The interpretation has been confirmed by two other circuits, but if the Ninth Circuit's wacky ruling is allowed to stand it will impose major economic burdens and a litigation free-for-all in the Pacific Northwest. No doubt some Supreme Court Justices are frustrated that they must keep playing janitor after the legal elephant parade that is the Ninth Circuit, but no one else has the authority. We hope the High Court takes the case.

It is not hard for me to read between the lines and see a possible future negative impact on our access to public land. What was public lands will become the King's land.

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It is not about roads or trails. That is smoke and mirrows. It is about the defeat of America.

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It is not about roads or trails. That is smoke and mirrows. It is about the defeat of America.

Yep, its the useful idiots trying to protect the environment, while actually doing the dirty work for fascists.

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It applies the ominous stormwater requirements to previously exempt activities - under the USDA no less. This is a slippery slope coz they'll want it to apply to conventional agriculture next.

Look how DNR is interpreting SnoCo stormwater requirements at Reiter........ They finally got relief from SnoCo but this would apply to federal lands managed by USFS so relief may not come if NEDC prevails.

big :bonk:

They are allready, tighting regulations on agriculture, the USDA, and Global Gap.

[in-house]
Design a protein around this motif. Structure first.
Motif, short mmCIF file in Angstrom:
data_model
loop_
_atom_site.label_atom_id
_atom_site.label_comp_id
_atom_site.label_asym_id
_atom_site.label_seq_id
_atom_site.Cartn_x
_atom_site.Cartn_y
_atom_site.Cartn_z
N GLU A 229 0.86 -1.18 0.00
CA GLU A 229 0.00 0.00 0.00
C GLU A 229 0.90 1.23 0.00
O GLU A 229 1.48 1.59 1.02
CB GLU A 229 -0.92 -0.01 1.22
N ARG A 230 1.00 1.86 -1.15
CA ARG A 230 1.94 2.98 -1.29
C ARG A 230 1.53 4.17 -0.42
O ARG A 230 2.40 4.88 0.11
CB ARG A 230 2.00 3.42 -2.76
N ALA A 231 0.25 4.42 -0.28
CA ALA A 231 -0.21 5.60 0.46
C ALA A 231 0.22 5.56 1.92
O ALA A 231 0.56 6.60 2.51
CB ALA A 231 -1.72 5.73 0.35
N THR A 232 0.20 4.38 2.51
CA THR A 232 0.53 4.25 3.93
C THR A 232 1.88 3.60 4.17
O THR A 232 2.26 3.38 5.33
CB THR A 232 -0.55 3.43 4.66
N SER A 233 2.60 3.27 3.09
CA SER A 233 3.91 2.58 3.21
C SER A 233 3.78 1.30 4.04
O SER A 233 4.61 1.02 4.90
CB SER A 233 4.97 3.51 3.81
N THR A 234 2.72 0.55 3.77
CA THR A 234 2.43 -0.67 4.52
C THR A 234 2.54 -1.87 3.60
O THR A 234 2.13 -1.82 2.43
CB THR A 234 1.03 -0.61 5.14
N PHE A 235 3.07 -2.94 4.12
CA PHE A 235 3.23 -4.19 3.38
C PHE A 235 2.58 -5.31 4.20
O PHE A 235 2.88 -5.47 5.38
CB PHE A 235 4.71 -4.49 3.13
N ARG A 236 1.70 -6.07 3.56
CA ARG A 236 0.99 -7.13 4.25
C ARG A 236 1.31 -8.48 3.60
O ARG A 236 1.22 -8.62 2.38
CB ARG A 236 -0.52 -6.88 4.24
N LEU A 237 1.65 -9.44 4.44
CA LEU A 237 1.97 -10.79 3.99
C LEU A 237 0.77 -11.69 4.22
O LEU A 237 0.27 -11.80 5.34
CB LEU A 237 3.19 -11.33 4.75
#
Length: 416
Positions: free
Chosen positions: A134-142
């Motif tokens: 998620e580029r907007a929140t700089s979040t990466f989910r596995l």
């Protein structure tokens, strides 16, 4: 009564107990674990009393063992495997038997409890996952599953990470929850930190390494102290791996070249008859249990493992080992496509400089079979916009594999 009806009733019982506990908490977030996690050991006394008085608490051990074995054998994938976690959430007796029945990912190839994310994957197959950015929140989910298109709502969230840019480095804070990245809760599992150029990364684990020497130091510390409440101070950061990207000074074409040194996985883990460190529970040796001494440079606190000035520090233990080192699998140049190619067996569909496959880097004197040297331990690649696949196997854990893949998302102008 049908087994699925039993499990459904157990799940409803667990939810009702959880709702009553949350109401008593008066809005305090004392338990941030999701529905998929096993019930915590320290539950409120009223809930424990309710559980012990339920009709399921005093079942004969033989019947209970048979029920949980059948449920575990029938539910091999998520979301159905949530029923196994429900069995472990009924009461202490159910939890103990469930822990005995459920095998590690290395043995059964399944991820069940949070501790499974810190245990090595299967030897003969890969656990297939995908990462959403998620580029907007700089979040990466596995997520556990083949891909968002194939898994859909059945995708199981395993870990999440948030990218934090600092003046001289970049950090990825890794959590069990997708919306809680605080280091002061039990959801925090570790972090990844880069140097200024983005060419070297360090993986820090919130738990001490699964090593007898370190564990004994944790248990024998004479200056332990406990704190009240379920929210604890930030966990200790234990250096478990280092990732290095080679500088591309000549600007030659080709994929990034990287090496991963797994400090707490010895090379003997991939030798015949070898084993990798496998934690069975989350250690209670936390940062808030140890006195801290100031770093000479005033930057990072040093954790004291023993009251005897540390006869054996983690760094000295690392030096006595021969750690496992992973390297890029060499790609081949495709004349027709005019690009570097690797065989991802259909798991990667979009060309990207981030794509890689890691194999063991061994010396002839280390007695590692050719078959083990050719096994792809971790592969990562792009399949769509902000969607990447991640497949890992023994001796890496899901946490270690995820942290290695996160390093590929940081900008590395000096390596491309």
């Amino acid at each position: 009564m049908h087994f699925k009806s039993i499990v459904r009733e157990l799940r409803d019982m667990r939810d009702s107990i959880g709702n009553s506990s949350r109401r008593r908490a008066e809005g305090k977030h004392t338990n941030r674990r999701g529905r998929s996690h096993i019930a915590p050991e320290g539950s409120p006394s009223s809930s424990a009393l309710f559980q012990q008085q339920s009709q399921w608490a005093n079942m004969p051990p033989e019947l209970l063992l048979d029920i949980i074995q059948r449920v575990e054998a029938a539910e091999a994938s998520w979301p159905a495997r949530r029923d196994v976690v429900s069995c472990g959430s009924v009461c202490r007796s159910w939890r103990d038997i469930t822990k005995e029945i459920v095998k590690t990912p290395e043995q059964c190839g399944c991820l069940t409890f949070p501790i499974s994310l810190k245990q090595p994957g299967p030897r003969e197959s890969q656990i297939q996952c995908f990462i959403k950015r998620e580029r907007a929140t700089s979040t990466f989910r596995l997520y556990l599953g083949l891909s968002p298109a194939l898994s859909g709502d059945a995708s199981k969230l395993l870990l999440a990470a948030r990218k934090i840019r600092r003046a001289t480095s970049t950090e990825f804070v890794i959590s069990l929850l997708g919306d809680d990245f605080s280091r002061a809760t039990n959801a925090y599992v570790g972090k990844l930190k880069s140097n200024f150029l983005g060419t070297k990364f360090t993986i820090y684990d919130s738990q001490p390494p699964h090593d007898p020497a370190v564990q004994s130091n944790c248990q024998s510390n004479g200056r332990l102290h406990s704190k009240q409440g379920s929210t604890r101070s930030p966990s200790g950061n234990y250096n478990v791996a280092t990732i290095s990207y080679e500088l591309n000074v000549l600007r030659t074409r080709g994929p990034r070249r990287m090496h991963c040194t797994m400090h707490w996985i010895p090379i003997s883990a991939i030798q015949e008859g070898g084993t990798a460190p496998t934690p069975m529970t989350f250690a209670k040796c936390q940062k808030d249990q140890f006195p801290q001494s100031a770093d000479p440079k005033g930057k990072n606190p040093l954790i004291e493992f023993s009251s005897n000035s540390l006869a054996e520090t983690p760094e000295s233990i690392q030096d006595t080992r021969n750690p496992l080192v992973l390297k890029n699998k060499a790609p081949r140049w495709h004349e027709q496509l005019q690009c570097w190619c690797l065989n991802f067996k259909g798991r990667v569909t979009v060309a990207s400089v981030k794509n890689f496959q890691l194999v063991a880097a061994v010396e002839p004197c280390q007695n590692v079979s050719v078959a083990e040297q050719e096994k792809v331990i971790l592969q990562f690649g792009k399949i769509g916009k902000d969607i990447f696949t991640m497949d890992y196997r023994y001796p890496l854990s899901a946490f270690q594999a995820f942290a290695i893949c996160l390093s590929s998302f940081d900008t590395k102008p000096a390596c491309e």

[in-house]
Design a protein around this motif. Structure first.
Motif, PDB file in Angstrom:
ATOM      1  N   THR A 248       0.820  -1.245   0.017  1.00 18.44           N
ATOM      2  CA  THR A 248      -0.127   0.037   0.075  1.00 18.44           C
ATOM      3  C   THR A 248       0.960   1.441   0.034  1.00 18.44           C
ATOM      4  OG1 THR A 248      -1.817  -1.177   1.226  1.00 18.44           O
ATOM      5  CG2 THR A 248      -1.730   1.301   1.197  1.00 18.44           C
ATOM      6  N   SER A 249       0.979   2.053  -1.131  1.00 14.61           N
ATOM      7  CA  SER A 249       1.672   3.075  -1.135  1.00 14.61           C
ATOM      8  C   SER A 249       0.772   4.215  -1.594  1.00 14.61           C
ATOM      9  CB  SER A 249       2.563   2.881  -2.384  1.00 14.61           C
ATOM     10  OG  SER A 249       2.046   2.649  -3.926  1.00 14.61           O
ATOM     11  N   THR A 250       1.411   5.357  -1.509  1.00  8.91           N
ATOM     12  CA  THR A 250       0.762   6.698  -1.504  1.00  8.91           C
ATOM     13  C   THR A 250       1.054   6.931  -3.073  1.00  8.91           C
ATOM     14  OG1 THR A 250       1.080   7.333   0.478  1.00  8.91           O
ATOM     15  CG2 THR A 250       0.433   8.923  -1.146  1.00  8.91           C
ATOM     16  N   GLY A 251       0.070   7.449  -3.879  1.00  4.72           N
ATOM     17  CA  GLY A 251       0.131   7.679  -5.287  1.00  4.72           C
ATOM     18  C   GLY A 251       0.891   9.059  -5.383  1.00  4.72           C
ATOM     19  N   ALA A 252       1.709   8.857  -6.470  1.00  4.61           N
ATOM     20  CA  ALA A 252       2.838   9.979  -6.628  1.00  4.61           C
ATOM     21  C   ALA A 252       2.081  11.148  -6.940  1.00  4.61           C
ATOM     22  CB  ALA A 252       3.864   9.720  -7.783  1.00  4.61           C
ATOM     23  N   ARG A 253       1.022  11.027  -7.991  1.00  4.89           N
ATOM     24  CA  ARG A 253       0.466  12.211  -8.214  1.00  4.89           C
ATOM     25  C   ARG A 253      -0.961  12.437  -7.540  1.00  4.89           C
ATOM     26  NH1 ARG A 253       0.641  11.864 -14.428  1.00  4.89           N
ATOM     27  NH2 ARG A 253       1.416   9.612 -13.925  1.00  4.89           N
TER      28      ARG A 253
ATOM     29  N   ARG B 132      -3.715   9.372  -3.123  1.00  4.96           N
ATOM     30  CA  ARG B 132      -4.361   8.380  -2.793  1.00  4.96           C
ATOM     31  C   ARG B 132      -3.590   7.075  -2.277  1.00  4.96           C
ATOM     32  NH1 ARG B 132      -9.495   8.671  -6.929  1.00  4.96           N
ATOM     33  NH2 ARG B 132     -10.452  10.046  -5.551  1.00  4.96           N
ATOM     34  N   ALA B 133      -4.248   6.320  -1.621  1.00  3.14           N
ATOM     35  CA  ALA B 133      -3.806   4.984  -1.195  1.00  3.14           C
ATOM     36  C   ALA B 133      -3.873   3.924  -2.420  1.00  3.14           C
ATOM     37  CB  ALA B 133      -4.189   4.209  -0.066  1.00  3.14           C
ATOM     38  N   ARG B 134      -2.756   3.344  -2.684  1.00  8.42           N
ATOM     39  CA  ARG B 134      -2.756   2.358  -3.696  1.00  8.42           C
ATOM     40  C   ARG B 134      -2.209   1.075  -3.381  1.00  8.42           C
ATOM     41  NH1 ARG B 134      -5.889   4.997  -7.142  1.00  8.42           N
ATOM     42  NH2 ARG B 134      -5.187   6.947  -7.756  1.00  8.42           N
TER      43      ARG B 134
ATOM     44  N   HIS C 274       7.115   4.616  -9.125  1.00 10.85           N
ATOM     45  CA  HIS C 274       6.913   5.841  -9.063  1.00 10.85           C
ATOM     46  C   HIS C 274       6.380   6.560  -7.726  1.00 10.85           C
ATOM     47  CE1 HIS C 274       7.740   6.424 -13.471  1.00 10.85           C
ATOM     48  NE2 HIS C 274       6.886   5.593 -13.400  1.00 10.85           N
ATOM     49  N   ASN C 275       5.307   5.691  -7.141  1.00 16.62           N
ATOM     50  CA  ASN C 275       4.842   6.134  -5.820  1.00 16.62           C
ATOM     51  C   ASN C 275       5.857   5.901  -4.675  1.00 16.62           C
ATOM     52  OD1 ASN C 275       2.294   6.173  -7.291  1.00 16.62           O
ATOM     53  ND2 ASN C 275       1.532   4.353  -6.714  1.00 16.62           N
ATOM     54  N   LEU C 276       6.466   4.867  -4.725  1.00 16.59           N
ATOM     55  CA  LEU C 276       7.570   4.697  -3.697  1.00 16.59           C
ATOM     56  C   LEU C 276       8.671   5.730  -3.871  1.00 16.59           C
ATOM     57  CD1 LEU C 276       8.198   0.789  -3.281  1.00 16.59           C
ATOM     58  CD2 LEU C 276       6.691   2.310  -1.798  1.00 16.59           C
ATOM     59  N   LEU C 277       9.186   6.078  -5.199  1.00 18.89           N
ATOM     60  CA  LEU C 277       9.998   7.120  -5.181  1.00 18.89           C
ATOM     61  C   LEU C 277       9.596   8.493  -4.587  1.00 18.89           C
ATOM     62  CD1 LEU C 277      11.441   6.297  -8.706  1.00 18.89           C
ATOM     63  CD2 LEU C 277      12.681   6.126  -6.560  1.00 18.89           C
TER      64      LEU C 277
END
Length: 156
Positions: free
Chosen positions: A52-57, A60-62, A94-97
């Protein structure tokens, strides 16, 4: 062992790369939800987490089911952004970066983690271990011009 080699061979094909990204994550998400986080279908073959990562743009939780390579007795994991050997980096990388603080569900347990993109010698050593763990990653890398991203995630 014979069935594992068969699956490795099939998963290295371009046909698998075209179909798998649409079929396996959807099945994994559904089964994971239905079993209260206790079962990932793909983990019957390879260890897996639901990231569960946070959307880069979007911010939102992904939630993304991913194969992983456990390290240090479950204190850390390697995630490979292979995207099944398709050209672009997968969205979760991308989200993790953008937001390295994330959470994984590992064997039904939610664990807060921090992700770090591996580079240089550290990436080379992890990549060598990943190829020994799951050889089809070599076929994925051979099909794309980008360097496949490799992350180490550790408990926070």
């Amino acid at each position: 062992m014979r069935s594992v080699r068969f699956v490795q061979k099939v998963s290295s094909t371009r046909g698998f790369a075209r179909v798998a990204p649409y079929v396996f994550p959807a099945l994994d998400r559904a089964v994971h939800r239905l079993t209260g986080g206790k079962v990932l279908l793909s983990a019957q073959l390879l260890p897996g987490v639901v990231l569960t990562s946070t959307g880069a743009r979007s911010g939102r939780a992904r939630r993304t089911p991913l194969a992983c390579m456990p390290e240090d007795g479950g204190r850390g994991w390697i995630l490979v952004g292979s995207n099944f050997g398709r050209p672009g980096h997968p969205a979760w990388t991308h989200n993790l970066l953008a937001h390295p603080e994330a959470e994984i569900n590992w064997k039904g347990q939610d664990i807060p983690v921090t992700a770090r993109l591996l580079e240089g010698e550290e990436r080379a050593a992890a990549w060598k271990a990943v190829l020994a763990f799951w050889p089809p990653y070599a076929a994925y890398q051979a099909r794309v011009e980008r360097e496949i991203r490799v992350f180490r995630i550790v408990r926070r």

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They are actually passing regulations making it unlawful for farmers to raise dust.

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They are actually passing regulations making it unlawful for farmers to raise dust.

Fortunately it looks like common sense has prevailed...at least in the US House. They just passed the 'Farm Dust Regulation Prevention Act' telling the EPA to back off from this nonsense. Now hopefully the senate will pass it.

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These communist aholes are not doing any 1 any good.We are in a FINANCIAL CRISIS and these ****s wanna waste money on stupid environmental studies when people are losing there roofs,shirts homes and jobs.I swear this is all being done on purpose to institute there Agenda 21.

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I swear this is all being done on purpose to institute there Agenda 21.

Correct :smirk:

And the masses sit on their tumbs and do nothing, or worse re-elect these fascists wannabes. :bonk:

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more regulation to make things better? Doesn't seem to be working :bonk:

“A government big enough to give you everything you want, is strong enough to take everything you have.”

-Thomas Jefferson

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Upside down Pyramid scheme. The guy on the bottom holds up the fort...when he collapses, it all tumbles down quick. Somebody better hurry up and resource that guy :bonk: